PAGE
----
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Housing Bubble again?

March 6th, 2016 at 04:37 pm

Are we in a housing bubble? So here is some quick facts. Our neighbors are about to list their 4/2.5 bath, 2006 sq ft house for $630k. They think it'll go in a bidding war for much higher $650k+, they are probably right. They bought it in 2012 for $420k and have sunk in $50k probably. She said they only put down 5% and most people they knew were putting 5% or less down. So where are these tighter lending standards?

However the house next door to us also bought 7/2015 last year 4bd/2.5ba, 2006 sq ft for $571k. So in 8 months the same size house, same location, same condition has increased in $60k if not $80k more? That means it's increased 10.5% in 8 months. Right now since 2012 my neighbor's house has increase 50% in 4 years if not more with 10.5% coming in less than 8 months. This seems like a lot.

My neighbor is selling to cash out equity and put down 20% on their next house. Yes she said in 2012 they put down 5% and many people they know are putting down 5% or 0%. When apparently it's supposed to have gotten "tougher to qualify for mortgages." So let's assume people are putting 0% to make calculations easier.

At $400k @ 4% = $1910/month mortgage (they pay $2500 PITI we're going to use $600 TI/month), with a DTI 25% = $10k/month income or $120k.

Last year the PITI for $570k $2721 mortgage + $600 TI = $3321 PITI, with a DTI 25% = $13,284 ($160k gross salary).

Now at $630k = $3008 mortgage + $600 TI = $3608 PITI DTI 25% = $14,432/month ($173k gross salary).

If we go on the presumption that it will grow by the end of this year in 8 months 10% the cost of the same house will be $700k = $3342 mortgage + $600 TI = $3942/month PITI, DTI 25% = $15,768/month income ($189k gross income).

So I guess I can see how housing affordability can go from $120k combined income to $189k in 4 years but it seems like an awful lot be able to afford the same home. Incomes I doubt have grown that much. The needed income had to have risen 57.5% in 4 years to stay at the same level of affordability.

Either people are stretching more. Incomes have increased more. Or potentially we are in a bubble, but when will it pop? Or will it never pop and this is the new level of home prices for the area and it might just stay flat for 10 years until incomes catch up?

I think it might level off and not go much higher because I think incomes need to catch up. I believe it might not drop to 2012 prices, it might not drop at all, but it might stay steady until people are able to catch up affordability. Of course this assumes that nothing during this period causes people to lose income.

I'm nervous about buying. I'm also unsure how long to sit out of the housing market because it's nice to stay put and know your housing expenses. My DH is of the opinion that if you are ready to buy then buy. But what is nothing you like comes on? I wonder if we should maybe rent? Rents are not keeping up with home prices but it would mean moving.

What do you think is going to happen?

10 Responses to “Housing Bubble again?”

  1. creditcardfree Says:

    The truth is every area is different. Here housing prices are flat. They are building more new homes then there are buyers for. We lucked out in our last area, as the demand for homes in that area of town was super high, but they were no more new lots for sale. The town was close to starting a new development, but it was at least two years out at the time we moved.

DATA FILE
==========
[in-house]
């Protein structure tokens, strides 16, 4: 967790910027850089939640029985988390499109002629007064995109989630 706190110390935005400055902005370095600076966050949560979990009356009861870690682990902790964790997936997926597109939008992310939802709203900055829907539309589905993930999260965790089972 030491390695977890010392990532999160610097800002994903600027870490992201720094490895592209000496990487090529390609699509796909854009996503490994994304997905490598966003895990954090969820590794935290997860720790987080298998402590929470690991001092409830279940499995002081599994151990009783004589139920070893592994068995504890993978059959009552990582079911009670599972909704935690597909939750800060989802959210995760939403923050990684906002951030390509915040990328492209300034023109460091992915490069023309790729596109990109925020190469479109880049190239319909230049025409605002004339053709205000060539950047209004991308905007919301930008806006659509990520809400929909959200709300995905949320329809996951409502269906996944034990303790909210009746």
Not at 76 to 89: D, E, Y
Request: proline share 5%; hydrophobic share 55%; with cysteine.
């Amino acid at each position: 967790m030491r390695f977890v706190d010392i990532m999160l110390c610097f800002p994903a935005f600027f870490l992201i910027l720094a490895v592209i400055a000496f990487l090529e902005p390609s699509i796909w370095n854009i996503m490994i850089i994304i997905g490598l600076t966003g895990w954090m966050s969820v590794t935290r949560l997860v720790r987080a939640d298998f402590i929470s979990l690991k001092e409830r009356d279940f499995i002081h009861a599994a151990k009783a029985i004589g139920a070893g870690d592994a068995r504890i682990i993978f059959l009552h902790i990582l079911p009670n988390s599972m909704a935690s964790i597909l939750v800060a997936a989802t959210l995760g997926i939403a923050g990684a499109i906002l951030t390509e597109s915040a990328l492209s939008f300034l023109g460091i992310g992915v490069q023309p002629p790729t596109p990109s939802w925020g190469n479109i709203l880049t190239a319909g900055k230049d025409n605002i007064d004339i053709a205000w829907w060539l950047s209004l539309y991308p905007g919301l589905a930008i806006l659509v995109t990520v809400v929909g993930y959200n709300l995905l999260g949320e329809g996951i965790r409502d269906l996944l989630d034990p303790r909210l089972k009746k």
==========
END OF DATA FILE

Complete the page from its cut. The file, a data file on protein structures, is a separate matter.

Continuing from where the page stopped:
The only thing I remember about last time we bought was all the extra paperwork. A lot of concern to document any large deposits into accounts.

  2. CB in the City Says:

    The market in Chicago is pretty flat, too. Still a lot of people underwater, especially in the condo market.

  3. MonkeyMama Says:

    Our housing market has been flat for years. But the Bay Area is as crazy as ever.

    Having bought in two insane sellers markets, I will say our strategy was simply to get into a house ASAP. The longer you wait the bigger mortgage you are stuck with. Might even be worth breaking a lease if it saves you tens of thousands of dollars on a house. If you have a good realtor on your side and the timing is right then it will work out. If you don't like anything, don't force it.

  4. MonkeyMama Says:

    P.S. Mortgage loans are still absurd.

  5. LivingAlmostLarge Says:

    What happens if it goes down?

  6. MonkeyMama Says:

    IT's a risk, so just don't take a risk you aren't willing to make. Given your finances and what you have shared I presumed you would buy something well within your means. I'd have clarified that point if you were someone else. If you truly think that housing will go down, then wait.

  7. LivingAlmostLarge Says:

    I hate the idea of buying and being stuck. Nope I refuse to partake in a bidding war. NO way will I love a house that much.

  8. RRR Says:

    I would wait until you have an income so you can qualify for a mortgage. I'm baffles on why you picked such an expensive area after moving specifically to a lower cost area. $630k for a 4/2.5 bath house is very expensive.

  9. LivingAlmostLarge Says:

    because it's still cheaper than where we used to live. Nope I don't need to qualify for a mortgage, i know better than the banks what we can afford. I don't bother listening to them ever. What we'll buy is what we need and we decide is "affordable". Banks always do stupid things.

  10. RRR Says:

    So you will be paying cash for your next house? Is that better than a 15 year mortgage under 3%? I don't recall you having $5-600k in cash so you would be cashing out retirement rather than getting a mortgage. Do tell.

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